JDK 9 RFR of 8165664: (ch) sun.nio.ch.SocketAdaptor does not respect timeout in case of system date/time change and blocks

David M. Lloyd david.lloyd at redhat.com
Tue Dec 20 00:03:36 UTC 2016

Two things - IIRC it is possible on some systems for System.nanoTime() 
appear to move backwards (right?), thus you want to change "nanoTime() - 
startTime" constructs to be "max(0, nanoTime() - startTime)" (you can 
use 1 instead if you want to always make progress).

The other thing is to Martin's point, for posterity mainly because I'm 
sure this was just an oversight: you can't use a nanoTime() value (or a 
value based on it) as a deadline because it can wrap around at an 
unspecified point in time, causing deadline comparisons to fail (once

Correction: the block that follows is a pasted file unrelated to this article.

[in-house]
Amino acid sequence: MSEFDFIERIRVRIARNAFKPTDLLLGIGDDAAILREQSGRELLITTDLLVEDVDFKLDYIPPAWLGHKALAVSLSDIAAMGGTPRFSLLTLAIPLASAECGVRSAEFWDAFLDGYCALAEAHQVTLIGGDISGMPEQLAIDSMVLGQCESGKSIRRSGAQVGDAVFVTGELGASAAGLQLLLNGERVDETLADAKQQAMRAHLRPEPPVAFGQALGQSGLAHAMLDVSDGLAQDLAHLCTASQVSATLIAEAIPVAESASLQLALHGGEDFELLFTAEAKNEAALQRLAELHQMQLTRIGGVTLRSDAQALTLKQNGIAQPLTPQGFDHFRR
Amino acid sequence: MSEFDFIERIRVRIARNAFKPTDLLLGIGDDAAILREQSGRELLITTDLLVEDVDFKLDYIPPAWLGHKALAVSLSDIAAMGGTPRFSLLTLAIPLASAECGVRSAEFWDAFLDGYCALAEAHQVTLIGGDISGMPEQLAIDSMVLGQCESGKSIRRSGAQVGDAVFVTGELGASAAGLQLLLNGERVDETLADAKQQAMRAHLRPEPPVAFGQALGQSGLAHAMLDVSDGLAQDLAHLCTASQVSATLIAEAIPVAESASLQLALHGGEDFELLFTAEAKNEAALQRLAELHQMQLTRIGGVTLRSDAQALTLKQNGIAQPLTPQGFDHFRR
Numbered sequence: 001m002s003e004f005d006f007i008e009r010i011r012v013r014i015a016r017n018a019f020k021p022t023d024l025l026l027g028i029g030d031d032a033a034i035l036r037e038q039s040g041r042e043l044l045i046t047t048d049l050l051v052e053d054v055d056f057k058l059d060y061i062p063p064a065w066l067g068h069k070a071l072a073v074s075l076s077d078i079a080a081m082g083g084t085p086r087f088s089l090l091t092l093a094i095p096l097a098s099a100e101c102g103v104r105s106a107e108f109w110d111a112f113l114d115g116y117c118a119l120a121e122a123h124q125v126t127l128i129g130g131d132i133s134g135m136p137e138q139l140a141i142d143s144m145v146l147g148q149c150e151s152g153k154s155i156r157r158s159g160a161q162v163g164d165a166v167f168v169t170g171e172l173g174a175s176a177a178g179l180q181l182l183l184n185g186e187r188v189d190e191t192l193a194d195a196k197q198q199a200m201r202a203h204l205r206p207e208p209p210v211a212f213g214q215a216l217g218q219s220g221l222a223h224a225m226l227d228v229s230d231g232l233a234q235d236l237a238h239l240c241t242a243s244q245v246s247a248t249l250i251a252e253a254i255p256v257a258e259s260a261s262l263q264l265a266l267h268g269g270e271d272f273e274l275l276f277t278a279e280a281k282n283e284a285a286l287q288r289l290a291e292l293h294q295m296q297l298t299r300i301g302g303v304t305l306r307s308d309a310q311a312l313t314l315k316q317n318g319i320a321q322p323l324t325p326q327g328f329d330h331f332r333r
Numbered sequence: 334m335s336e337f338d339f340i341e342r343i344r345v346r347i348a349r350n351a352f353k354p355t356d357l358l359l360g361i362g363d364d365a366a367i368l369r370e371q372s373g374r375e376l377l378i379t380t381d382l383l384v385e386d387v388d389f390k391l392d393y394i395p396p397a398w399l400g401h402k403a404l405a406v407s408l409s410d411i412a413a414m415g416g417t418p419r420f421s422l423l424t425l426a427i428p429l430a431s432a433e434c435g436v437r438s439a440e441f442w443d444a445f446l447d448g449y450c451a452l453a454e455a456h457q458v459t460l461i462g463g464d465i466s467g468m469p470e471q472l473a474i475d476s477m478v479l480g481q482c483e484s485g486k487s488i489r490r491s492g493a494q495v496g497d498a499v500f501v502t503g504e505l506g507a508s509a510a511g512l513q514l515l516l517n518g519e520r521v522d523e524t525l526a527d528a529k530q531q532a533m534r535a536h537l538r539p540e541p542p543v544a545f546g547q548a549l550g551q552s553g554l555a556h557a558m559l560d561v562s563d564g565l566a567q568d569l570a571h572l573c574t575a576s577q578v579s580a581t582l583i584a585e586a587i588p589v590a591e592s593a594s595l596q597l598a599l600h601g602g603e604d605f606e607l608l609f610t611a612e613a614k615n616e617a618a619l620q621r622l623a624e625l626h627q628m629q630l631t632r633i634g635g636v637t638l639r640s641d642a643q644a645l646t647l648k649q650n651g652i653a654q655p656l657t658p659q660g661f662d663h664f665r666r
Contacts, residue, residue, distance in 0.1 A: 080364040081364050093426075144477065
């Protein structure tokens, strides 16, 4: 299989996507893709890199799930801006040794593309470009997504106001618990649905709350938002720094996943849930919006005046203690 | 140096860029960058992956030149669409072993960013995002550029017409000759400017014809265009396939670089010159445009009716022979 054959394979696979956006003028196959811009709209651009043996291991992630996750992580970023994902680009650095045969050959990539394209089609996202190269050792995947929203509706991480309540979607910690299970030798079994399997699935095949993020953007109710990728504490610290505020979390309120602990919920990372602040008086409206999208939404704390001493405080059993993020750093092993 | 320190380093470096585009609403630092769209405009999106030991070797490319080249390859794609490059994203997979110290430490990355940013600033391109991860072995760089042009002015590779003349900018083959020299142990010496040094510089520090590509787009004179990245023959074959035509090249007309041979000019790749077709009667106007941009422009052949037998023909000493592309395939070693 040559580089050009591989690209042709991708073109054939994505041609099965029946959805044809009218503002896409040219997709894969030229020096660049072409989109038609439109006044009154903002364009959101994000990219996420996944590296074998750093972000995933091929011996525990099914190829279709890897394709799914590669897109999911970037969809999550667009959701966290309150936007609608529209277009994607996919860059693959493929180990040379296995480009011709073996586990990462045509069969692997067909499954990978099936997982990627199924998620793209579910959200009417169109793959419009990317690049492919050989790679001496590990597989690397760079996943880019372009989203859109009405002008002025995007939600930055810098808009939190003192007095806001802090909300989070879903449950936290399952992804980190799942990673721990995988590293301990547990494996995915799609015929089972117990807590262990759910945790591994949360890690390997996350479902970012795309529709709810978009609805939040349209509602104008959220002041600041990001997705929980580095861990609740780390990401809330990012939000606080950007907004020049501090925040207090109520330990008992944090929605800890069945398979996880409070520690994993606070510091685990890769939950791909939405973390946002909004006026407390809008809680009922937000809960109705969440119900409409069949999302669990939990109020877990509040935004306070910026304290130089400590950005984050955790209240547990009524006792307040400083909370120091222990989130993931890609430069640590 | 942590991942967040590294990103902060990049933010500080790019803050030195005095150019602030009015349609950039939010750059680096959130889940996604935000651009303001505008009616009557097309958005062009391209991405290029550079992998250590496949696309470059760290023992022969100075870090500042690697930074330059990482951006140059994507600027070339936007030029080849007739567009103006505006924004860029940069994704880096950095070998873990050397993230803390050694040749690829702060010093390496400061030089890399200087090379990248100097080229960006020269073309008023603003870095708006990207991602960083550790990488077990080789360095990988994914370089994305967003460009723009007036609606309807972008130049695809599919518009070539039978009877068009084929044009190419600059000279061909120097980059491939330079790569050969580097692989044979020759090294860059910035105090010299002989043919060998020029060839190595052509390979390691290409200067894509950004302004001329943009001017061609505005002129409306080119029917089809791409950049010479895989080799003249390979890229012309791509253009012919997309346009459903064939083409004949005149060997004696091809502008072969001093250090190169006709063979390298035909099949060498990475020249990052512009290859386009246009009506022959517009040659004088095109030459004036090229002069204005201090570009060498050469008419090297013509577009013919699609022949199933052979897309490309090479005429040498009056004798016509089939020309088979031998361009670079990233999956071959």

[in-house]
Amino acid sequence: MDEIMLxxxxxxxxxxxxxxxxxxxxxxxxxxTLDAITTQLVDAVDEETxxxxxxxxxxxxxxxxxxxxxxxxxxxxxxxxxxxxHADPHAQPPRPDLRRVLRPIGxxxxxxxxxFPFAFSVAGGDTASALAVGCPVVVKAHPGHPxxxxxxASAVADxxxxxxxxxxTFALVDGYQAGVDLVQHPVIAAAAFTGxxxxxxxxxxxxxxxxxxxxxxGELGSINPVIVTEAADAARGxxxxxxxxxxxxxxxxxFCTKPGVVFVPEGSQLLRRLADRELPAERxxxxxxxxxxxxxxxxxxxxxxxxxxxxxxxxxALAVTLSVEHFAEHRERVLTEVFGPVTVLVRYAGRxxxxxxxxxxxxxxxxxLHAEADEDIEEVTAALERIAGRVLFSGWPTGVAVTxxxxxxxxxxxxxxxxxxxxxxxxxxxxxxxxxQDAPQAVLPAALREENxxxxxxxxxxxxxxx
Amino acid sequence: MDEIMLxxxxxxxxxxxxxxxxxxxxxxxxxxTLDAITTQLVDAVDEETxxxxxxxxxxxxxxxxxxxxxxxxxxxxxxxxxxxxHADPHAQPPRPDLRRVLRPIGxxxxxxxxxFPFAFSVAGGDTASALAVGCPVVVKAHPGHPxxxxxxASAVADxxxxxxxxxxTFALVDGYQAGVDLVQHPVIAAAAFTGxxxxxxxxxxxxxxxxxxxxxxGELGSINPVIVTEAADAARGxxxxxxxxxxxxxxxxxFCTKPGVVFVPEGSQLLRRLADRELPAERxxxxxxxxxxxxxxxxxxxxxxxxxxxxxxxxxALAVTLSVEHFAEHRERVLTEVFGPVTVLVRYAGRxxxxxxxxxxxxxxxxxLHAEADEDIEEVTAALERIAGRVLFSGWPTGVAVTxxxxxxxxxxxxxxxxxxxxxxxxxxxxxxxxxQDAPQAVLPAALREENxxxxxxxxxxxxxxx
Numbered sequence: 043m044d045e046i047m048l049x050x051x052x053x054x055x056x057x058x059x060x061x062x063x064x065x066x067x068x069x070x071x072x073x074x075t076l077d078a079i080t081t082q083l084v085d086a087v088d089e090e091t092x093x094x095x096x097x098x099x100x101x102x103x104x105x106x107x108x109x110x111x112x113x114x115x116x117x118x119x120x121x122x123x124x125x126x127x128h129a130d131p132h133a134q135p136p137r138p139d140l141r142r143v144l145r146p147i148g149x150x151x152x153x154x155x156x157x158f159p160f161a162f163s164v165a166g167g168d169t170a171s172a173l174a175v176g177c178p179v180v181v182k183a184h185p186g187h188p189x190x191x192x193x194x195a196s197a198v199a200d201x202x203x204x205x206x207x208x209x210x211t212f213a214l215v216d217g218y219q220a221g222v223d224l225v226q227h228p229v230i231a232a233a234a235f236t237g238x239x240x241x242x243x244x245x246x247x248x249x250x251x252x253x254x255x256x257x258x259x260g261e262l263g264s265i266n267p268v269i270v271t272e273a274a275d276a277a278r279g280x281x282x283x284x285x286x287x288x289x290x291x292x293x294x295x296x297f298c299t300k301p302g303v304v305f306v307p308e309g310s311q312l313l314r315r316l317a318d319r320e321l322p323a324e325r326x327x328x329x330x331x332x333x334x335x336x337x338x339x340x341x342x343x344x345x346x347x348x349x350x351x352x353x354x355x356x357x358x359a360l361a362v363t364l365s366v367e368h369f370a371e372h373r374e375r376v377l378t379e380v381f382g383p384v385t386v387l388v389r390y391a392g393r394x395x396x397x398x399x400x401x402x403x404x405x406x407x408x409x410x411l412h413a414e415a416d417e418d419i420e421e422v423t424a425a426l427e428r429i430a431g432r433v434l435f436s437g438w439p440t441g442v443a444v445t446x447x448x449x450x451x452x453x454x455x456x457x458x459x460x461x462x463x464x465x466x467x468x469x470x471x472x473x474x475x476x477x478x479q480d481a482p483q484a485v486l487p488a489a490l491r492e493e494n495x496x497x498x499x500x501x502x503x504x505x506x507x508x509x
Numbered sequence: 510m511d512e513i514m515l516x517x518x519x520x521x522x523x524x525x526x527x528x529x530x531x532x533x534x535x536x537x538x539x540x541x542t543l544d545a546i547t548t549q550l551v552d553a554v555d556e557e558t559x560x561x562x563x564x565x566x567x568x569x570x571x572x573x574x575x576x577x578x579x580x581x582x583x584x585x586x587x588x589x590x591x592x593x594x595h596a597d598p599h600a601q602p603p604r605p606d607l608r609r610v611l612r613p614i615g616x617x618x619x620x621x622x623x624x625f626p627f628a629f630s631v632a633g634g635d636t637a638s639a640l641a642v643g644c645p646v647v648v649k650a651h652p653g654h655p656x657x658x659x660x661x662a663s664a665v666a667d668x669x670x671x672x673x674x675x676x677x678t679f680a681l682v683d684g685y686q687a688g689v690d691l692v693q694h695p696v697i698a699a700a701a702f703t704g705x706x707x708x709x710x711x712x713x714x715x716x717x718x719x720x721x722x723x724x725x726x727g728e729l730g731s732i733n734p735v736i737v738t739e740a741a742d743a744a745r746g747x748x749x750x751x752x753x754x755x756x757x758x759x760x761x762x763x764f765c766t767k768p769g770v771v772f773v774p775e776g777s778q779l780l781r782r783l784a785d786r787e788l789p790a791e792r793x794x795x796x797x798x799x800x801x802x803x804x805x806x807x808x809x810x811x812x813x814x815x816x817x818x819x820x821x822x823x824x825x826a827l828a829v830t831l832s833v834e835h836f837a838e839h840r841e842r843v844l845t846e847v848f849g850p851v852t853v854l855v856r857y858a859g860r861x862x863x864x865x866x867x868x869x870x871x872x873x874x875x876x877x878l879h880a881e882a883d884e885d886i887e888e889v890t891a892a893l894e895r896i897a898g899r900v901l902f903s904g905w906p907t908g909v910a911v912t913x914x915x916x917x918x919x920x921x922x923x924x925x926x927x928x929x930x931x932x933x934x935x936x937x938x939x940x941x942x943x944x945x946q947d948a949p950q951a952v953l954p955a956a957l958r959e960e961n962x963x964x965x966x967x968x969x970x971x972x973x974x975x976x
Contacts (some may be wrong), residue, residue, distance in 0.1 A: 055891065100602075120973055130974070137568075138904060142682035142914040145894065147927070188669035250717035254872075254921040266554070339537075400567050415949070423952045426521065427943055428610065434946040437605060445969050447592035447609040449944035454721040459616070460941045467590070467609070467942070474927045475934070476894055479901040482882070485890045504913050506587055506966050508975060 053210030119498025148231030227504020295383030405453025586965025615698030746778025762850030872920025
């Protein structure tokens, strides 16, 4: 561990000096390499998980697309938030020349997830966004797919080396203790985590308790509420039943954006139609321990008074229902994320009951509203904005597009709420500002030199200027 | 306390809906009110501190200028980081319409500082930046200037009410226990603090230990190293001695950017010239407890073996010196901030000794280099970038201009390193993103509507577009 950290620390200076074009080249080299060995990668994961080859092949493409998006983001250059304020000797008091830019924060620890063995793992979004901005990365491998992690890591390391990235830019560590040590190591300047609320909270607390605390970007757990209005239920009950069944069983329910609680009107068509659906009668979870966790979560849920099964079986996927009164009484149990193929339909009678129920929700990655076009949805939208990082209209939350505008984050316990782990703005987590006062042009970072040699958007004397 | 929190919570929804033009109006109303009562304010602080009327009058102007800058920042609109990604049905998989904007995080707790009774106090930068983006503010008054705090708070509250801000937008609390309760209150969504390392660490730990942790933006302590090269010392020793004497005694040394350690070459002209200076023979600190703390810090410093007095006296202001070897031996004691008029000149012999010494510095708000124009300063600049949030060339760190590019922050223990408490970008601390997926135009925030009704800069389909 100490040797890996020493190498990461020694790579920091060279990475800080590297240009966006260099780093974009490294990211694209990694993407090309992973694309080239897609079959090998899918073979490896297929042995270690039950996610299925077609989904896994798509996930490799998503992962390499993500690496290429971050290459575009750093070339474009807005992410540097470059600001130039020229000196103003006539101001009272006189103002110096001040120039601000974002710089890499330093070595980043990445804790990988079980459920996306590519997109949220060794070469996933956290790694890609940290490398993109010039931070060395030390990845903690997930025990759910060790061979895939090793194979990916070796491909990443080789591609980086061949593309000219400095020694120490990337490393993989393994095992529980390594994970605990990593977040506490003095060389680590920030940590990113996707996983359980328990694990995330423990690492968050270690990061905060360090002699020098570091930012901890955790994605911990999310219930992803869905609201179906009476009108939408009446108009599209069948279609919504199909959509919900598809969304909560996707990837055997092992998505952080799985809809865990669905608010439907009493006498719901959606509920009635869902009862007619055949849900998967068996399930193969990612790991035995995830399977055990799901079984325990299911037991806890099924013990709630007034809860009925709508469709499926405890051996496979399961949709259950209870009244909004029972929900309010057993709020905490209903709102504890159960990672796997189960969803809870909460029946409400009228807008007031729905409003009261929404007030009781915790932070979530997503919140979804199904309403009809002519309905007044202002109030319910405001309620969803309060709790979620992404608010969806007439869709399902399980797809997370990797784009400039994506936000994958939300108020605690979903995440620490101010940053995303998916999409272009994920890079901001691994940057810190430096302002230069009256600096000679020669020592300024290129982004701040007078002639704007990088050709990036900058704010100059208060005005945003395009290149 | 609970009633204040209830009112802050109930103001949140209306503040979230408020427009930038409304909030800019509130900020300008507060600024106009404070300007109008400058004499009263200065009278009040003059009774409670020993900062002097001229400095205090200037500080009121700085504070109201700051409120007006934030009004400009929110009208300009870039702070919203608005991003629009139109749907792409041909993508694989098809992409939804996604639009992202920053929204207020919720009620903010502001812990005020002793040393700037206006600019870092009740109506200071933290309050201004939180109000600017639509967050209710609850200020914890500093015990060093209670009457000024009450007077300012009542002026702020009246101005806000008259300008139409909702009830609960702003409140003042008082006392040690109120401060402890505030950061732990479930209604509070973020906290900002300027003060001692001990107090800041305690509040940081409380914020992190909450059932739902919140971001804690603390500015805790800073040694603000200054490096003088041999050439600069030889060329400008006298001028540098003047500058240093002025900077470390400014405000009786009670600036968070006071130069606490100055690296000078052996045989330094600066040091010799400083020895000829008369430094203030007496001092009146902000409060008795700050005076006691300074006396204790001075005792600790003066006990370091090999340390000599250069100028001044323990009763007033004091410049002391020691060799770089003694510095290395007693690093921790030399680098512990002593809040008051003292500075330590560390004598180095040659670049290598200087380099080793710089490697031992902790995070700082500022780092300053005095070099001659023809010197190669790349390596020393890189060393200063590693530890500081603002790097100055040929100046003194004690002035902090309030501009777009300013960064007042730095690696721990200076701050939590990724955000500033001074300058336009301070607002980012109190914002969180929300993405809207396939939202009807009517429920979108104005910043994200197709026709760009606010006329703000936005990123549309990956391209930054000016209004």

you wrap around, you'll be < any likely deadline probably for a very 
long time).

What you *can* do is get a nanoTime() "snapshot" into a constant field; 
then you can get an "absolute" nanoTime anytime you want (as long as you 
don't expect your program's uptime to exceed about 584 years) by doing: 
max(0, nanoTime() - startTime).

On 12/19/2016 04:26 PM, Roger Riggs wrote:
> Looks good.
> $.02, Roger
> On 12/19/2016 5:14 PM, Brian Burkhalter wrote:
>> An updated patch which passes regression tests is here:
>> http://cr.openjdk.java.net/~bpb/8165664/webrev.01/
>> Thanks,
>> Brian
>> On Dec 19, 2016, at 12:08 PM, Martin Buchholz <martinrb at google.com>
>> wrote:
>>> It's unfortunate the use of int millis timeout is baked into the API.
>>> It's probably best (and traditional) to work with an internal long
>>> nanos field anyways, so there are no millisecond sized roundoff errors.
>>> I sometimes find it easier to understand if I define a deadline
>>> final long deadline = System.nanoTime() + nanosTimeout;
>>> I would do unit conversions using methods from TimeUnit.


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